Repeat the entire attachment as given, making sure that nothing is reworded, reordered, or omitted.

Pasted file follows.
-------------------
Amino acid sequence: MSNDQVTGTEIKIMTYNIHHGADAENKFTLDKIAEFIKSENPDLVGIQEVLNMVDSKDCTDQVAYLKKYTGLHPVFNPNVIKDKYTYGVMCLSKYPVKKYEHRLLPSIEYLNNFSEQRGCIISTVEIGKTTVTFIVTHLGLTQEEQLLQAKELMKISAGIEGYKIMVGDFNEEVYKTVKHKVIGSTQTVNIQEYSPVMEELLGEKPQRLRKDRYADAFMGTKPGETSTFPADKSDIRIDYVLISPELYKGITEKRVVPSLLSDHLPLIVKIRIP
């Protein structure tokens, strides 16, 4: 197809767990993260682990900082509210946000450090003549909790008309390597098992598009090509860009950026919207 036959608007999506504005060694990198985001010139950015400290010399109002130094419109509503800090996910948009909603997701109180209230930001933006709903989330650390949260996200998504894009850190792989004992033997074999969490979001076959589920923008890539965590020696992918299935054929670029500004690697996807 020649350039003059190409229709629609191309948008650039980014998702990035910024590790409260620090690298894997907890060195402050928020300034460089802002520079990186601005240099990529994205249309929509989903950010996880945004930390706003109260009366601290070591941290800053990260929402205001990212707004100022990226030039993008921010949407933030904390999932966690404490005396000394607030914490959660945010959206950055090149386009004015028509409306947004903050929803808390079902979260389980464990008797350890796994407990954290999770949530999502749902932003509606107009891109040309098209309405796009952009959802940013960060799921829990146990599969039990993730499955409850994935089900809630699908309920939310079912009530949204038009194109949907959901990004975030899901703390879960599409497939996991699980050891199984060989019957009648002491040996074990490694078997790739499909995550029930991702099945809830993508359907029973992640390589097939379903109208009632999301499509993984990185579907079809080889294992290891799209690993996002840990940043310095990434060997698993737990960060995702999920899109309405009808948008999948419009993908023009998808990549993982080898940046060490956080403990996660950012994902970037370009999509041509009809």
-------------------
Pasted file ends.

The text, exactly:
Amino acid sequence: MSNDQVTGTEIKIMTYNIHHGADAENKFTLDKIAEFIKSENPDLVGIQEVLNMVDSKDCTDQVAYLKKYTGLHPVFNPNVIKDKYTYGVMCLSKYPVKKYEHRLLPSIEYLNNFSEQRGCIISTVEIGKTTVTFIVTHLGLTQEEQLLQAKELMKISAGIEGYKIMVGDFNEEVYKTVKHKVIGSTQTVNIQEYSPVMEELLGEKPQRLRKDRYADAFMGTKPGETSTFPADKSDIRIDYVLISPELYKGITEKRVVPSLLSDHLPLIVKIRIP
């Protein structure tokens, strides 16, 4: 197809767990993260682990900082509210946000450090003549909790008309390597098992598009090509860009950026919207 036959608007999506504005060694990198985001010139950015400290010399109002130094419109509503800090996910948009909603997701109180209230930001933006709903989330650390949260996200998504894009850190792989004992033997074999969490979001076959589920923008890539965590020696992918299935054929670029500004690697996807 020649350039003059190409229709629609191309948008650039980014998702990035910024590790409260620090690298894997907890060195402050928020300034460089802002520079990186601005240099990529994205249309929509989903950010996880945004930390706003109260009366601290070591941290800053990260929402205001990212707004100022990226030039993008921010949407933030904390999932966690404490005396000394607030914490959660945010959206950055090149386009004015028509409306947004903050929803808390079902979260389980464990008797350890796994407990954290999770949530999502749902932003509606107009891109040309098209309405796009952009959802940013960060799921829990146990599969039990993730499955409850994935089900809630699908309920939310079912009530949204038009194109949907959901990004975030899901703390879960599409497939996991699980050891199984060989019957009648002491040996074990490694078997790739499909995550029930991702099945809830993508359907029973992640390589097939379903109208009632999301499509993984990185579907079809080889294992290891799209690993996002840990940043310095990434060997698993737990960060995702999920899109309405009808948008999948419009993908023009998808990549993982080898940046060490956080403990996660950012994902970037370009999509041509009809």